The placebo effect plays a big role in clinical trials for mood disorders such as depression. Emory psychiatrist Andy Miller hit upon something several years ago that could clear a path around the placebo effect.
Miller and his colleagues have been looking at the connection between inflammation and depression, whose evolutionary dimensions we have previously explored. They’ve examined the ability of inflammation-inducing treatments for hepatitis C and cancer to trigger symptoms of depression, and have shown that the anti-inflammatory drug infliximab (mainly used for rheumatoid arthritis) can resolve some cases of treatment-resistant depression. [Lots of praise for Miller in this September 2017 Nature Medicine feature.]
A recent paper in Psychotherapy and Psychosomatics from Miller and psychiatry chair Mark Rapaport looks at clinical trials testing an anti-inflammatory drug against psoriasis, to see whether participants’ depressive symptoms improved. This sidesteps a situation where doctors’ main targets are the patients’ moods.
When it comes to approving new antidepressants, the FDA is still probably going to want a frontal assault on depression, despite provisions in the 21st Century Cures Act to broaden the types of admissible evidence.
“These studies emphasize how difficult it is to interpret findings when these drugs are treating more than one problem,” Miller says. “Better to have a simpler study with just depression.”
Still, this line of research could clarify who could benefit from anti-inflammatory treatments and illuminate viable biomarkers and pathways. Two studies now underway at Emory specifically recruit patients with high levels of the inflammatory marker CRP, which Miller’s previous study showed was helpful in predicting response to infliximab.
The new paper results from a collaboration with Eli Lilly. Lilly’s ixekizumab (commercial name: Taltz) is an antibody against the cytokine IL-17A, used to treat moderate to severe psoriasis. Taltz was approved by the FDA in 2016, after clinical trials published in the New England Journal of Medicine.
“We are grateful to Jim Russell and his colleagues at Lilly, because when they were designing these trials, they planned for data collection on depressive symptoms, anticipating secondary analyses,” Rapoport says.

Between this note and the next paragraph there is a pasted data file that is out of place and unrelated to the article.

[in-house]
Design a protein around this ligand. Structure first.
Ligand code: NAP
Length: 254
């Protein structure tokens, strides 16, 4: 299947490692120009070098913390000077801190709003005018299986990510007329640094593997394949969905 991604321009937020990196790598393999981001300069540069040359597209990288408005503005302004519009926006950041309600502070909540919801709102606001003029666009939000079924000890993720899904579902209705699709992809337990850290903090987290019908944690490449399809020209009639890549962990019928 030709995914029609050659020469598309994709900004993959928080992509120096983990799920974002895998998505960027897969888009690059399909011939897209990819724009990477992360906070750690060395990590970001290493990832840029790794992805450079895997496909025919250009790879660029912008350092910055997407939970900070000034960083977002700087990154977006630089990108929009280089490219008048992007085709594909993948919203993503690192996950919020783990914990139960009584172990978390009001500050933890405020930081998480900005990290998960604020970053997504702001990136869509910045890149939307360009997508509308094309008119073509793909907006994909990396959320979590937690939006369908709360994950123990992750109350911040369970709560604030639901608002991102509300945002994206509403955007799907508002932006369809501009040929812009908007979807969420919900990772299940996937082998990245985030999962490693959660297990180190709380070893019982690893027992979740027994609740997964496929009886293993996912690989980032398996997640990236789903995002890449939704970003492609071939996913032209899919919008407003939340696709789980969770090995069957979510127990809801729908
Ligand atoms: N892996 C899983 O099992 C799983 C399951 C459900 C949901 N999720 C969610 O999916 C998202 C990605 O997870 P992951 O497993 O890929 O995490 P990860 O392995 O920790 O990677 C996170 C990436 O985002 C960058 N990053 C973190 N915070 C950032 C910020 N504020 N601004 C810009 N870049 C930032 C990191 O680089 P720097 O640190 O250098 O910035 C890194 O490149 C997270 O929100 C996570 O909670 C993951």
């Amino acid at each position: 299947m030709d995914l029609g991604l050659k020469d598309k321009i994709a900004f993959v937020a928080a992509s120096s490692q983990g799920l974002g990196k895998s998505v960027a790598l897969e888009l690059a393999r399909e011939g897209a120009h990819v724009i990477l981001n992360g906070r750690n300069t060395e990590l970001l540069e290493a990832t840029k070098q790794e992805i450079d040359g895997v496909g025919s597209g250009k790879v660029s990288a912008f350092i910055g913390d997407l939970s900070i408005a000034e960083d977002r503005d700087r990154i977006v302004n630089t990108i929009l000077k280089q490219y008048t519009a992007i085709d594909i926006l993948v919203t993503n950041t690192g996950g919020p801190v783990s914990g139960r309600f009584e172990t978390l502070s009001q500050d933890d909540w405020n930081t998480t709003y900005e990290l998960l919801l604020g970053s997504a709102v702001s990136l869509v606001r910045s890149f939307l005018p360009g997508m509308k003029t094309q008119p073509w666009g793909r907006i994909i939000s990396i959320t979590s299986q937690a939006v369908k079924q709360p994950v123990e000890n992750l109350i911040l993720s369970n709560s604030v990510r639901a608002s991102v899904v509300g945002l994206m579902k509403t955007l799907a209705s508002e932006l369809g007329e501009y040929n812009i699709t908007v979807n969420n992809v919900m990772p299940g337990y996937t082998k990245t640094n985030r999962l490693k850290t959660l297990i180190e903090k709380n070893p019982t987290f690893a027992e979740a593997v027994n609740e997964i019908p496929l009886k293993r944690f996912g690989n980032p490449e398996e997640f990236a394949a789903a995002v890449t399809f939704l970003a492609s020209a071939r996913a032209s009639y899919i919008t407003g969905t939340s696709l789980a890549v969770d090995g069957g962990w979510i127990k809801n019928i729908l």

Instead of the placebo effect, we might anticipate something related to it: study participants could feel better because they were happy with their skins’ appearance or less annoyed by the physical symptoms of psoriasis. The connection between inflammatory skin diseases and depressive symptoms was well-known, Rapoport notes. Celebrated writer John Updike has described the mental health aspects of his psoriasis.
In any case, Rapoport and colleagues focused on 320 patients from the Lilly studies who had moderate depression (about 10 percent of all study participants). Of those treated with a high dose of ixekizumab, 45 percent had a remission of their depressive symptoms after 12 weeks, compared to 34 percent for low dose and 18 percent for placebo. Given that analysis of previous antidepressant clinical trials had found that the placebo effect can be larger than that of active drugs, that’s pretty good.
Regarding the clinical trials studying infliximab in depression, one is led by Miller and another by Michael Treadway. Both are studying the effects of just one infusion of the drug, possibly allowing mechanistic insights. Emory was also participating in a depression-focused study of sirukumab, an antibody against IL-6 for rheumatoid arthrits. Johnson & Johnson announced it was halting development of sirukumab this week.
For those concerned that expensive antibodies are not ideal for treatment of depression, Rapaport has also been studying the anti-inflammatory and anti-depressive effects of omega-3 fatty acid supplements, which we will cover in a future post.